Irish Moss, Scotch Moss
Ground covers, Perennials
Dense, green, carpeting growth makes this look like moss; but its tiny white flowers prove otherwise. Of two different prostrate plants of similar appearance, Sagina subulata is the more common. The other is Minuartia verna caespitosa (usually sold as Arenaria verna or A. v. caespitosa). Both of these European natives make dense, compact, mosslike masses of slender leaves on slender stems. But M. verna has tiny white flowers in few-flowered clusters, while S. subulata bears flowers singly and differs in other technical details. In common usage, however, green forms of the two species are called Irish moss, while the golden green form of Sagina (S. s. glabrata ‘Aurea’) is called Scotch moss.
Both Sagina and Minuartia are best as small-scale groundcovers. They’re useful for filling gaps between pavers. In cool-summer gardens, they can seed themselves and become pests.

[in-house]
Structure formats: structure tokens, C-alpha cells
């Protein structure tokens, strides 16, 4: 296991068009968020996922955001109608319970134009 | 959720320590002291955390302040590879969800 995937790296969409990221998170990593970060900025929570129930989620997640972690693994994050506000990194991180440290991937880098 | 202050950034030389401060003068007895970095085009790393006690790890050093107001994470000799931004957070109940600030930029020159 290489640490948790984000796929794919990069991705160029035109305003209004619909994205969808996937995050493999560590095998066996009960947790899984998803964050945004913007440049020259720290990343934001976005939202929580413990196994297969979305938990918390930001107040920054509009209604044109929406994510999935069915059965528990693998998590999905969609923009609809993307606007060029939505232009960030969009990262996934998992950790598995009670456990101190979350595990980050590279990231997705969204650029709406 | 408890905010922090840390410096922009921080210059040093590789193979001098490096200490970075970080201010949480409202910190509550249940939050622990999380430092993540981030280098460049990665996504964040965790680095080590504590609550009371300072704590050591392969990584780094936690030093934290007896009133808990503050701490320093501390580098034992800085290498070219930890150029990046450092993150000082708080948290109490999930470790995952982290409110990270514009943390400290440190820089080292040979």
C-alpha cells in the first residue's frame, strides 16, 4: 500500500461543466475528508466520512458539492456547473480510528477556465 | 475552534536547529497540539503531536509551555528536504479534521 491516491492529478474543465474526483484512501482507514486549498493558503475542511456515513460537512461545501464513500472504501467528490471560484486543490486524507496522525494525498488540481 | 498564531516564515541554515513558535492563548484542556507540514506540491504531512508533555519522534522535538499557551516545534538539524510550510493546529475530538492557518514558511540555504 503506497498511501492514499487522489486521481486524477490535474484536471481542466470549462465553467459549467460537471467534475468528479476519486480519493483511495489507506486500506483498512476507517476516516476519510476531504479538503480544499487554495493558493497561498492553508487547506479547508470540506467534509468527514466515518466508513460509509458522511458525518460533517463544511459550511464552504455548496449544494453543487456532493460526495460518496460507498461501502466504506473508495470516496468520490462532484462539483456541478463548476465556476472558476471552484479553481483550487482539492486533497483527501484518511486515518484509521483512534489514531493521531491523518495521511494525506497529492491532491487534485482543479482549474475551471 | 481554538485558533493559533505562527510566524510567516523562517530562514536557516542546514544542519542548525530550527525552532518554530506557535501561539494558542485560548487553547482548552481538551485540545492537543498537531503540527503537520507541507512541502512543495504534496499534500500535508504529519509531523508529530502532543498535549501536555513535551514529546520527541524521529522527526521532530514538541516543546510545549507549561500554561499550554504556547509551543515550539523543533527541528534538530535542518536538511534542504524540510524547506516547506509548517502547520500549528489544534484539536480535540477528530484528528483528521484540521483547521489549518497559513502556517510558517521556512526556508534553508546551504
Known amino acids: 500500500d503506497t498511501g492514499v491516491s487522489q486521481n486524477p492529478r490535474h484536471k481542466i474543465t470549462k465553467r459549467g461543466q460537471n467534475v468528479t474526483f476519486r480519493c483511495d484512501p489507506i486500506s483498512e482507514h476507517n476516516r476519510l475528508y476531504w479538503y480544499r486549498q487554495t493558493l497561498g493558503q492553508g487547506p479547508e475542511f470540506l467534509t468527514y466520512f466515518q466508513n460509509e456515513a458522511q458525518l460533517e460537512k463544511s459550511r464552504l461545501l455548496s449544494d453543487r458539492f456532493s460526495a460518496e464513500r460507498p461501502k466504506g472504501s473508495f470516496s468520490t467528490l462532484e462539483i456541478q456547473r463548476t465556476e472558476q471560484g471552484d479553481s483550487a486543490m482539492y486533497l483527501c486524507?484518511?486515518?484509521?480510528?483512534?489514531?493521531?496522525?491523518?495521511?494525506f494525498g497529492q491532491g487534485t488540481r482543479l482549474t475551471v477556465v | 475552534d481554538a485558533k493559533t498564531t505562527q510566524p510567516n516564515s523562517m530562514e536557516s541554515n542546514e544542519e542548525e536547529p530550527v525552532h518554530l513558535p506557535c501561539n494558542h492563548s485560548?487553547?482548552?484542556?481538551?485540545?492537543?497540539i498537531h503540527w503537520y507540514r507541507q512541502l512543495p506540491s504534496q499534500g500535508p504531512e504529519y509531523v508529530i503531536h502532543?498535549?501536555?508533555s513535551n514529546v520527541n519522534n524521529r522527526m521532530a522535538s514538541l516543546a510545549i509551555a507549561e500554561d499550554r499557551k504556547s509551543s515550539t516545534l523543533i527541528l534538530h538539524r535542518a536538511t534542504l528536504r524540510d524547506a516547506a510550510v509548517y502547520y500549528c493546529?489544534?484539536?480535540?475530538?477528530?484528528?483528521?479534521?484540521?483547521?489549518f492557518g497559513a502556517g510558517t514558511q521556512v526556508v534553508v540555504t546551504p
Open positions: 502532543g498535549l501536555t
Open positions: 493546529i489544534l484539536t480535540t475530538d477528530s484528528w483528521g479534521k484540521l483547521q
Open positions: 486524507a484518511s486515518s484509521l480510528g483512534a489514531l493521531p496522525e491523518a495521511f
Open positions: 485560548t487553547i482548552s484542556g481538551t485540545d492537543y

Unlike true mosses, these need good soil, good drainage, and occasional feeding with controlled-release fertilizer. The dark green forms take full sun in mild climates; the golden form needs partial shade. All take some foot traffic and tend to hump up in time; control humping by occasionally cutting out narrow strips, then pressing or rolling lightly. Control snails, slugs, and cutworms. Cut squares from flats and set 6 in. apart for fast cover. To avoid lumpiness, plant so that soil line of squares is at or slightly below planted soil surface.
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